Getting off the Silicon Valley Treadmill
I am so grateful for having had the courage to step off the Silicon Valley treadmill to explore a deeper mindfulness practice and to re-imagine the impact of my life and our lives as a couple. It took some time for me to discover and understand the purpose of my life and I am thankful for the progress, yet I still feel like I am only at the beginning.
I am working on increasing my capacity for compassion, heightened awareness, equanimity and flow in humble service to humanity and the planet. I am particularly excited about the possibilities of doing this together with a global community of deep impact investors.
During my years as a Silicon Valley Technology Executive I thought that I was in control of the outcomes of my business decisions and actions. The whole system is set up to reinforce that illusion. For successful managers, it might even be harder to let go of that notion than for many others. After I quit my job, the first thing I did was to develop a business plan for the rest of my life – of course with clearly articulated outcomes.
Fortunately, I soon began experimenting with letting go, intentionality, and bigger awareness, and wonderful things started to happen. I remember writing down this reflective note a couple of years after I quit: “All of these great things happened that I did not even plan for.” That’s when I started understanding the power of intention and detachment from outcome.
Deepak Chopra taught me this mantra, which served me well: “My actions are blissfully free from attachment to outcome.” I have learned to trust my intuition, not to judge perceived opportunity costs, and to improvise based on circumstances – all resulting in powerful impact that I would not have been able to imagine and plan by myself.
After a significant liquidity event and successful careers in Silicon Valley, we had to ask ourselves: What is the meaning of wealth? What are we going to do with the wealth that came our way? For us, wealth is a privilege that comes with responsibility and accountability. We are committed to using our financial and non-financial resources to make a meaningful and positive contribution to humanity and the planet. We did not have a choice but to align our investment strategies with our values.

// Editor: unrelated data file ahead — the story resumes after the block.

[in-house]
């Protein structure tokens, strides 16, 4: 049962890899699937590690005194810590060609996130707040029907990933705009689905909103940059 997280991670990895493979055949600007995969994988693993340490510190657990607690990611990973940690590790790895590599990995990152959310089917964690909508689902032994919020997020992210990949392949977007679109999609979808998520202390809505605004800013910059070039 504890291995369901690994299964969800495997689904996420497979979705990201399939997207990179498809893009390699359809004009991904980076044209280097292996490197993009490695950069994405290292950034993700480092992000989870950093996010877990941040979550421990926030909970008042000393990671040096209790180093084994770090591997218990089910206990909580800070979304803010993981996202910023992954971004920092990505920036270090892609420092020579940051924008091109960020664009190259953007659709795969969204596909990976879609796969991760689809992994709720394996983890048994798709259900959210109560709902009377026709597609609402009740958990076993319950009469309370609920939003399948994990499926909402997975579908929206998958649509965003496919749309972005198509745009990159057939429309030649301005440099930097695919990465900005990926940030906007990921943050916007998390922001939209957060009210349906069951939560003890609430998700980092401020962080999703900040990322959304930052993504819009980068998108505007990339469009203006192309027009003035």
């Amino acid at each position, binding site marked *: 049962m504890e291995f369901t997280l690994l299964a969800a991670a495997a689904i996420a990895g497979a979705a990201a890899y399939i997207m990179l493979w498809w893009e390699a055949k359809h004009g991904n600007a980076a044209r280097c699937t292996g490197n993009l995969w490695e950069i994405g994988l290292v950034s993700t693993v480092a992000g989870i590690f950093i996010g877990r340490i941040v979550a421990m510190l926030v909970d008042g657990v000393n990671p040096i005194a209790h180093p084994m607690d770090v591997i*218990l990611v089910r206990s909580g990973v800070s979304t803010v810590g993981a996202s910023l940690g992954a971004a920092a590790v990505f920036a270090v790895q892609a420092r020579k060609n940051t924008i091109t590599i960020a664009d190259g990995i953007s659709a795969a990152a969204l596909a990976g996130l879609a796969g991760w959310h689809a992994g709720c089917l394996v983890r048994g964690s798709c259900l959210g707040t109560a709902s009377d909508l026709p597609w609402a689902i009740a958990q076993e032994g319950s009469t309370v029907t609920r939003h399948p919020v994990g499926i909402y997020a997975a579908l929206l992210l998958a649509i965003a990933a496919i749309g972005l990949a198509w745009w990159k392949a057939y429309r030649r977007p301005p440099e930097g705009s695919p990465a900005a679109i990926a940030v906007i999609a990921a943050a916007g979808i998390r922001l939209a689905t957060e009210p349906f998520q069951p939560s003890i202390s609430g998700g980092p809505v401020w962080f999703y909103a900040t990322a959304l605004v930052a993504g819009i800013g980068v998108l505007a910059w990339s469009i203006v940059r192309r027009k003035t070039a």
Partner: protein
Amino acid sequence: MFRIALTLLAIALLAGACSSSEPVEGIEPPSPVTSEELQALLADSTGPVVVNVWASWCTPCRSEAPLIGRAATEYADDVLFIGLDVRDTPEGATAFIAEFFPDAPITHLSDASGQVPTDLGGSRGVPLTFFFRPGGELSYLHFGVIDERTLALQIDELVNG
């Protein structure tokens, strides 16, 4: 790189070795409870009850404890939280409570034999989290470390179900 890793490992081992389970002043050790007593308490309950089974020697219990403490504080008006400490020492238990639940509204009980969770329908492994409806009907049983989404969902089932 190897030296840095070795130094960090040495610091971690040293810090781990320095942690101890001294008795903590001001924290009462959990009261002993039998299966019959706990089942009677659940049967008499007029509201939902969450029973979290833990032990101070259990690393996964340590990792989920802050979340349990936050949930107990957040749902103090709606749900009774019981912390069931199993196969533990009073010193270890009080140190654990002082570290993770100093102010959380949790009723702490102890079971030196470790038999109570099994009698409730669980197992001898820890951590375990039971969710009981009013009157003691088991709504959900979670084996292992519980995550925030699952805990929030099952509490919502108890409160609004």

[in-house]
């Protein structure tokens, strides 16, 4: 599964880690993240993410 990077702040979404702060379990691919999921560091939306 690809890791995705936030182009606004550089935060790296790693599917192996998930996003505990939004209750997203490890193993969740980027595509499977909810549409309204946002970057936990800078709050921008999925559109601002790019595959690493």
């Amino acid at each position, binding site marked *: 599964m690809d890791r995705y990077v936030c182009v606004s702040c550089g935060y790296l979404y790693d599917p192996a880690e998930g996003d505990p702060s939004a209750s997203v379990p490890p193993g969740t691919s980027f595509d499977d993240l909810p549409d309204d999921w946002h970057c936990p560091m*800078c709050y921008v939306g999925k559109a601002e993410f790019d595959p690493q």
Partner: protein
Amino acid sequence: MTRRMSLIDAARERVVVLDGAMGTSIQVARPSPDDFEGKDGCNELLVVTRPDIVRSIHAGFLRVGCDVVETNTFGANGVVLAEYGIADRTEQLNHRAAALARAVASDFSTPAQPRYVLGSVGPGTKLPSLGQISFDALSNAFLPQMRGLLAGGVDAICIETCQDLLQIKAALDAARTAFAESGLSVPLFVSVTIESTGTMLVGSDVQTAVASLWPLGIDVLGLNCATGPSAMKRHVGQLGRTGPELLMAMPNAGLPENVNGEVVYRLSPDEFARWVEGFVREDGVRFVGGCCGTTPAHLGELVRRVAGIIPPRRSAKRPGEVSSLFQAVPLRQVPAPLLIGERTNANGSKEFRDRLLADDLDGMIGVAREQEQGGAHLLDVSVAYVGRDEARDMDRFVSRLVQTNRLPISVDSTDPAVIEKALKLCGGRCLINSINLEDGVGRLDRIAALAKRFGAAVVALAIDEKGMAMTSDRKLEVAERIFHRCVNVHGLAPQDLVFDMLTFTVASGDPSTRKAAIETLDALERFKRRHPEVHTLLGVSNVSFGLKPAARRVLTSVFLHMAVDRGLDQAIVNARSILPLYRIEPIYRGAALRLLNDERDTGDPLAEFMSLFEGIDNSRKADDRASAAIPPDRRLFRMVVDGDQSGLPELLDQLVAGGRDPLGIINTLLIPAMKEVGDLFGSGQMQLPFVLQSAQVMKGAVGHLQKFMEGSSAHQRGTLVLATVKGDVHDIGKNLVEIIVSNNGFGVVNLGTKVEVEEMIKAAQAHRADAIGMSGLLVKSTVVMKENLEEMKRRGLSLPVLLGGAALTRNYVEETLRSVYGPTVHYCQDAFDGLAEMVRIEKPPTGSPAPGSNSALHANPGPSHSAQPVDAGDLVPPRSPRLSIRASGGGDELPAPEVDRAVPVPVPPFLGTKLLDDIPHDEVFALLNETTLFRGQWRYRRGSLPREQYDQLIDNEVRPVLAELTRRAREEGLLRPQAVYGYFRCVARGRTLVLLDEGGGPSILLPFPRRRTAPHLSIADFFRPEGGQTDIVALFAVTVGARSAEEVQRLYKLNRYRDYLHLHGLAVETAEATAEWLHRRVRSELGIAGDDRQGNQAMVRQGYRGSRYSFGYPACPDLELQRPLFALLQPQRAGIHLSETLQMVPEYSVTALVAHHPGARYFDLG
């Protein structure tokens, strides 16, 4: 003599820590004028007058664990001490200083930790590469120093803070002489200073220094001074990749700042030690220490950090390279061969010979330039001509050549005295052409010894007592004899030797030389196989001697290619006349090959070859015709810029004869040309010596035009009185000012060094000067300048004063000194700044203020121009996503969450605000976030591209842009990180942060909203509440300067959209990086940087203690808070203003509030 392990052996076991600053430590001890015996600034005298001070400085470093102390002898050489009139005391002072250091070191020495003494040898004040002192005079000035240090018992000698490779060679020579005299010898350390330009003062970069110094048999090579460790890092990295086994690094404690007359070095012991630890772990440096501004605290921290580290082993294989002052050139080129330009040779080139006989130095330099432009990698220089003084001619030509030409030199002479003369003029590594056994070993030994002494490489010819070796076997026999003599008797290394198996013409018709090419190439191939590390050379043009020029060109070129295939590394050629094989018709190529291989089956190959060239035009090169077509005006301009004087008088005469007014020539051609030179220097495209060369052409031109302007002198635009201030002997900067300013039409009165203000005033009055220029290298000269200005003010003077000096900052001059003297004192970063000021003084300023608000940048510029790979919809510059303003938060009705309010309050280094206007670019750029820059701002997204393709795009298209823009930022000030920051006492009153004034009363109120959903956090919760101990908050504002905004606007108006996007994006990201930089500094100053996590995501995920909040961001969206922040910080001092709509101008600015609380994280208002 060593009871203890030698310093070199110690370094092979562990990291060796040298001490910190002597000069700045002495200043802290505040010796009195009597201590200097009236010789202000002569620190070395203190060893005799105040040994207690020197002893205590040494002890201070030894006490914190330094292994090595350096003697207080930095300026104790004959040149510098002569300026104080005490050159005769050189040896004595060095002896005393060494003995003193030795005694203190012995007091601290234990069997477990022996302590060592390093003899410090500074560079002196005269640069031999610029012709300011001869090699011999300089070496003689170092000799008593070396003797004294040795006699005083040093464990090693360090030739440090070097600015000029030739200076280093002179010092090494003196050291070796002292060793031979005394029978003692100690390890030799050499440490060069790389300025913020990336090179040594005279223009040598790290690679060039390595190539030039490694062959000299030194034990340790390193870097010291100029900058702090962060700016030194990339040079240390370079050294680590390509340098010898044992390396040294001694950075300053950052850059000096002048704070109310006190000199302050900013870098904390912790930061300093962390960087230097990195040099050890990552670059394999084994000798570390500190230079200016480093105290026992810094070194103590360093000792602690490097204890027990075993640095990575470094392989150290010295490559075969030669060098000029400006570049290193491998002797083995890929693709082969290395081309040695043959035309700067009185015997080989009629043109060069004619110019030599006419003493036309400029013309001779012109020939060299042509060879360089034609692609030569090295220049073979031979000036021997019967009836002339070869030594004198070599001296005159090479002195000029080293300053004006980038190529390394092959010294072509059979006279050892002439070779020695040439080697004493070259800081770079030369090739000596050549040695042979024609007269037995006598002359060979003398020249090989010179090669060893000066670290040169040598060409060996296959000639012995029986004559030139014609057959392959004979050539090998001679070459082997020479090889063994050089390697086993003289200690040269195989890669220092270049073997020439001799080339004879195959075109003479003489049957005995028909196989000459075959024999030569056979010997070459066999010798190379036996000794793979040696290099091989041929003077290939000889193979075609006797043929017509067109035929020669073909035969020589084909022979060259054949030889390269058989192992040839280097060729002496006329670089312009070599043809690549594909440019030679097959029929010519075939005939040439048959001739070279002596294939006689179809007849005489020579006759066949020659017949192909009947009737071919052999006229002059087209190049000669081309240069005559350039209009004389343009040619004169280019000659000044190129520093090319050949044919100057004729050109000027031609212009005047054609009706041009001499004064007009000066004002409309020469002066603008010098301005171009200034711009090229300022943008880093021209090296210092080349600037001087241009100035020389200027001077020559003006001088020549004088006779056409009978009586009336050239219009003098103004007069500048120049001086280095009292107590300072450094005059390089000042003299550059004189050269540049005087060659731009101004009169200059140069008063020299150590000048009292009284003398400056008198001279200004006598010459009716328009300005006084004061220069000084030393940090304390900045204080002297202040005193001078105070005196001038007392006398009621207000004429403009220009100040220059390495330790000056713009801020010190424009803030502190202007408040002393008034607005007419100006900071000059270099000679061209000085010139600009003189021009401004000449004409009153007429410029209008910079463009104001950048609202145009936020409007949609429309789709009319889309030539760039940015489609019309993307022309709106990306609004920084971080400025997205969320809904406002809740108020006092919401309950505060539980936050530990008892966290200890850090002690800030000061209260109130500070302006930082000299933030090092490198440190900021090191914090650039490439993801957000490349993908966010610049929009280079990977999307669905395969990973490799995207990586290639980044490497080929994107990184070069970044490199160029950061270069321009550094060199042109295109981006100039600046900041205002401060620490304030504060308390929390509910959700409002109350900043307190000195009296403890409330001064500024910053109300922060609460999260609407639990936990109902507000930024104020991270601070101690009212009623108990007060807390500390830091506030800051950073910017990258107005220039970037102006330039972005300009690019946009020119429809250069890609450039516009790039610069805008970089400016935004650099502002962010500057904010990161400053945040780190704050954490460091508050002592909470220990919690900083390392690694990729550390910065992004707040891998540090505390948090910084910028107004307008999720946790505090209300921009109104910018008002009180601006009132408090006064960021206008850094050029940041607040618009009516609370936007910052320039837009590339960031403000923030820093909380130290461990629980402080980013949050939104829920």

Living a life of awareness automatically leads to holistic inclusion of all activities – including investing. Once you are on the path of awareness and consciousness, there is no turning back. To me, living a high integrity life means living true to my life’s purpose, which is to serve humanity and the planet.
Transformation starts from within. A major part of my motivation comes from within. The quality and impact of our lives are a reflection of our inner state of being. Therefore, my mindfulness practice is of extreme importance to me, as it enables me to stay on my path of awareness and consciousness and to go deeper over time.
Lisa and I started our meditation practice with Deepak Chopra. For the first few years we attended many of his workshops and learned the basics of transcendental meditation. Today we have an established meditation practice and enjoy the occasional 10-day silent Vipassana meditation retreat which allows us to go much deeper in the exploration of how our mind and our subconsciousness interact.